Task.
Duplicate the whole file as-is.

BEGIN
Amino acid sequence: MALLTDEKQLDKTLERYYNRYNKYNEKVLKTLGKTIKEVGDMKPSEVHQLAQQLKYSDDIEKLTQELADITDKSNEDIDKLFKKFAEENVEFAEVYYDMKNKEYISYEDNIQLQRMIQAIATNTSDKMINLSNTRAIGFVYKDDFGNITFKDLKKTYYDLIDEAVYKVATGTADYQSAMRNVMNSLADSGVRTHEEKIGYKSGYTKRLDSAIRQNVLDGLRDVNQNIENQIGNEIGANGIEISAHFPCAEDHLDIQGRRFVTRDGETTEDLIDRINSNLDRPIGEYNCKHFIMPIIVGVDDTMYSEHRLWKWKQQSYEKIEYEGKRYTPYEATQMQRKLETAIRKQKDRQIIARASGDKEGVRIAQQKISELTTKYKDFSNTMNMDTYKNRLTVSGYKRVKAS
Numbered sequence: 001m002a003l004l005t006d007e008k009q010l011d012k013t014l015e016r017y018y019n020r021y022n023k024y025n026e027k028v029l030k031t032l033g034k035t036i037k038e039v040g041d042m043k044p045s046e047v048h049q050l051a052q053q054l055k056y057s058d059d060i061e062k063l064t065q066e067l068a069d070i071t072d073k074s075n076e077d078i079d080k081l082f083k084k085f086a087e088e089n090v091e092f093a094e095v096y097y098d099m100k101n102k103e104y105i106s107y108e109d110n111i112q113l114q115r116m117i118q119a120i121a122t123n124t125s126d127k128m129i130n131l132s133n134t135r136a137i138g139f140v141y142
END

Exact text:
Amino acid sequence: MALLTDEKQLDKTLERYYNRYNKYNEKVLKTLGKTIKEVGDMKPSEVHQLAQQLKYSDDIEKLTQELADITDKSNEDIDKLFKKFAEENVEFAEVYYDMKNKEYISYEDNIQLQRMIQAIATNTSDKMINLSNTRAIGFVYKDDFGNITFKDLKKTYYDLIDEAVYKVATGTADYQSAMRNVMNSLADSGVRTHEEKIGYKSGYTKRLDSAIRQNVLDGLRDVNQNIENQIGNEIGANGIEISAHFPCAEDHLDIQGRRFVTRDGETTEDLIDRINSNLDRPIGEYNCKHFIMPIIVGVDDTMYSEHRLWKWKQQSYEKIEYEGKRYTPYEATQMQRKLETAIRKQKDRQIIARASGDKEGVRIAQQKISELTTKYKDFSNTMNMDTYKNRLTVSGYKRVKAS
Numbered sequence: 001m002a003l004l005t006d007e008k009q010l011d012k013t014l015e016r017y018y019n020r021y022n023k024y025n026e027k028v029l030k031t032l033g034k035t036i037k038e039v040g041d042m043k044p045s046e047v048h049q050l051a052q053q054l055k056y057s058d059d060i061e062k063l064t065q066e067l068a069d070i071t072d073k074s075n076e077d078i079d080k081l082f083k084k085f086a087e088e089n090v091e092f093a094e095v096y097y098d099m100k101n102k103e104y105i106s107y108e109d110n111i112q113l114q115r116m117i118q119a120i121a122t123n124t125s126d127k128m129i130n131l132s133n134t135r136a137i138g139f140v141y142